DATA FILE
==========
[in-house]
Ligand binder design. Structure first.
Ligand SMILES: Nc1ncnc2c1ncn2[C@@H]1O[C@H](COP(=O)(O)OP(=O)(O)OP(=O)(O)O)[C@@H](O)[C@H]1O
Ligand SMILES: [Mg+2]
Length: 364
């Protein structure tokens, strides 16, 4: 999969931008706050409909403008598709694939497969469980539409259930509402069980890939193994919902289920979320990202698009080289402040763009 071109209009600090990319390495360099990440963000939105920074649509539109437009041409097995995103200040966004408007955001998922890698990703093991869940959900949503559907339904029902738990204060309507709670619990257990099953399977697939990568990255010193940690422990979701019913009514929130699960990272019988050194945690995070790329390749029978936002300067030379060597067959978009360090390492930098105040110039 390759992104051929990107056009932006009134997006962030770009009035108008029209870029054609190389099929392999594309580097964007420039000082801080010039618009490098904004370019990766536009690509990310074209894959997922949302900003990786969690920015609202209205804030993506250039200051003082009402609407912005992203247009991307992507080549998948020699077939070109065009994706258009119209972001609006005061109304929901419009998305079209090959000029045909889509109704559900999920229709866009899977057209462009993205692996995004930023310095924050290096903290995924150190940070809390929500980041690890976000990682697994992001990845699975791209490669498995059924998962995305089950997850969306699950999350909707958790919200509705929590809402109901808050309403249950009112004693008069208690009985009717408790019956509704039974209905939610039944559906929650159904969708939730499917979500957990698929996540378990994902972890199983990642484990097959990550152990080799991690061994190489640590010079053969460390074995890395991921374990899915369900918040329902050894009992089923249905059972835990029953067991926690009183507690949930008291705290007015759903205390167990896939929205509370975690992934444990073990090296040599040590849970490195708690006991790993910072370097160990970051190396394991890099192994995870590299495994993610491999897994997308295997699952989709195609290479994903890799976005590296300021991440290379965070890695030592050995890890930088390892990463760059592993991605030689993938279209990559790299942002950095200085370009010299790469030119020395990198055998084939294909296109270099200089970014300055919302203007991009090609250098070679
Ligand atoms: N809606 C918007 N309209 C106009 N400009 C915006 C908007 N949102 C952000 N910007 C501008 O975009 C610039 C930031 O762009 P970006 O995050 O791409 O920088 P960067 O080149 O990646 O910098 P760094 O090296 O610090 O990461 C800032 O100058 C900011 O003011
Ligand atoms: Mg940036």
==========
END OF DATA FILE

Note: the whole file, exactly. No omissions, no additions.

[in-house]
Ligand binder design. Structure first.
Ligand SMILES: Nc1ncnc2c1ncn2[C@@H]1O[C@H](COP(=O)(O)OP(=O)(O)OP(=O)(O)O)[C@@H](O)[C@H]1O
Ligand SMILES: [Mg+2]
Length: 364
């Protein structure tokens, strides 16, 4: 999969931008706050409909403008598709694939497969469980539409259930509402069980890939193994919902289920979320990202698009080289402040763009 071109209009600090990319390495360099990440963000939105920074649509539109437009041409097995995103200040966004408007955001998922890698990703093991869940959900949503559907339904029902738990204060309507709670619990257990099953399977697939990568990255010193940690422990979701019913009514929130699960990272019988050194945690995070790329390749029978936002300067030379060597067959978009360090390492930098105040110039 390759992104051929990107056009932006009134997006962030770009009035108008029209870029054609190389099929392999594309580097964007420039000082801080010039618009490098904004370019990766536009690509990310074209894959997922949302900003990786969690920015609202209205804030993506250039200051003082009402609407912005992203247009991307992507080549998948020699077939070109065009994706258009119209972001609006005061109304929901419009998305079209090959000029045909889509109704559900999920229709866009899977057209462009993205692996995004930023310095924050290096903290995924150190940070809390929500980041690890976000990682697994992001990845699975791209490669498995059924998962995305089950997850969306699950999350909707958790919200509705929590809402109901808050309403249950009112004693008069208690009985009717408790019956509704039974209905939610039944559906929650159904969708939730499917979500957990698929996540378990994902972890199983990642484990097959990550152990080799991690061994190489640590010079053969460390074995890395991921374990899915369900918040329902050894009992089923249905059972835990029953067991926690009183507690949930008291705290007015759903205390167990896939929205509370975690992934444990073990090296040599040590849970490195708690006991790993910072370097160990970051190396394991890099192994995870590299495994993610491999897994997308295997699952989709195609290479994903890799976005590296300021991440290379965070890695030592050995890890930088390892990463760059592993991605030689993938279209990559790299942002950095200085370009010299790469030119020395990198055998084939294909296109270099200089970014300055919302203007991009090609250098070679
Ligand atoms: N809606 C918007 N309209 C106009 N400009 C915006 C908007 N949102 C952000 N910007 C501008 O975009 C610039 C930031 O762009 P970006 O995050 O791409 O920088 P960067 O080149 O990646 O910098 P760094 O090296 O610090 O990461 C800032 O100058 C900011 O003011
Ligand atoms: Mg940036």